Anyone caught driving without a valid license in Wisconsin could lose their vehicle, under a bill being offered by a Republican state lawmaker.
The proposal from Representative Joe Sanfelippo (R-New Berlin) would require police to impound cars if a pulled over driver’s license is suspended, revoked, or if they have no license at all. In order to get the vehicle back, they would have to get their license reinstated and pay the impound fee. If the vehicle is owned by someone else, the owner would also have to pay a fine. Vehicles not claimed after more than 30 days following the end of the impoundment period could then be sold.
Sanfelippo said he hopes the bill will help end a cycle where people without a valid license are repeatedly caught behind the wheel. He believes there’s currently little motivation for them to stop the habitual behavior because the penalties, which amount to a fine, are too weak. Sanfelippo said throwing them in jail would be too severe, “but if we take away the very vehicle that they are using to break the law, I think that will make somebody think twice.”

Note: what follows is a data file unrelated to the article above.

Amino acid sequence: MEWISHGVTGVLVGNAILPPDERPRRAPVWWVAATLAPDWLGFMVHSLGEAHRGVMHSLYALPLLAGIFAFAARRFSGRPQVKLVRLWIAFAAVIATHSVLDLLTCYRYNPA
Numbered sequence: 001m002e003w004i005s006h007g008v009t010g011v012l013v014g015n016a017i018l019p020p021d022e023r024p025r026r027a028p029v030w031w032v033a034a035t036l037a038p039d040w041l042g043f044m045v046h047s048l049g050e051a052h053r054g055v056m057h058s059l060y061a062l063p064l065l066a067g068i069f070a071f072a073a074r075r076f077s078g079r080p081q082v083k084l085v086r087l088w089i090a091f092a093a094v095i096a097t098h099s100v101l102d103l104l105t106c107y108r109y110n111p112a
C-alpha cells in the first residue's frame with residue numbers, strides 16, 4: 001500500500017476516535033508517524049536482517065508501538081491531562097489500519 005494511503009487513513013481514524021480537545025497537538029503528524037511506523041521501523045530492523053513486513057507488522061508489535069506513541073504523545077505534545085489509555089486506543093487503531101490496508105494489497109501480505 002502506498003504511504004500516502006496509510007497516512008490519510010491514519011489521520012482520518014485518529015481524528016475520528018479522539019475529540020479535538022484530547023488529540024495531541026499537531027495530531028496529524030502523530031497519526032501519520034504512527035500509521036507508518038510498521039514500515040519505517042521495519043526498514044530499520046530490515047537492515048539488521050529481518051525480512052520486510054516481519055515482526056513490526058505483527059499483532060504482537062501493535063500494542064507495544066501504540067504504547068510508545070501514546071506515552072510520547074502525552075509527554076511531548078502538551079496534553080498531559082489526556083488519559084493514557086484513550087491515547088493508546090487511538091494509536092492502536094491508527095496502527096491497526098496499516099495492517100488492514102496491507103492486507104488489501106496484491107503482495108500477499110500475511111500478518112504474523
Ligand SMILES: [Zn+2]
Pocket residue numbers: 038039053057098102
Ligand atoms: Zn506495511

Critics worry the bill could hurt low-income residents, who may not be able to afford the impound fees or get their license back because of fines they owe. Sanfelippo said his proposal would allow them to go before a judge to ask for more time. He also responded to concerns that some people drive without a licensing because it’s necessary to get to work. “We don’t carve out exceptions if somebody has a job or if somebody’s poor,” he said. “The law is the law and it’s very clear – if you want to drive a vehicle, you have to have a driver’s license to do so.”
Sanfelippo is also facing criticism from an organization which argues that he stands to benefit from the proposal. Scot Ross, of the liberal group One Wisconsin Now, notes that the lawmaker’s brother owns a taxi company in Milwaukee. He said “Sanfelippo is trying to steal the cars of poor people so that his $24 million taxicab empire can make even more money. Making a terrible bill even worse is that Sanfelippo stands to directly profit…It will be interesting to see if his Republican colleagues, who have done so much to support corruption and cronyism in state government, decide Sanfelippo’s scheme is too much for even them.”
In an interview with WRN, Sanfelippo questioned how it would benefit his family more than anyone else. “Anybody who doesn’t have a vehicle likely doesn’t have one because they haven’t paid fines or they don’t pay their bills, or they don’t have the money to do it. I don’t think they’re going to be riding a taxi cab.”
The bill is currently being circulated for co-sponsors at the Capitol.
UPDATE: This story was updated to clarify the length of time required before police can sell vehicles held in impound.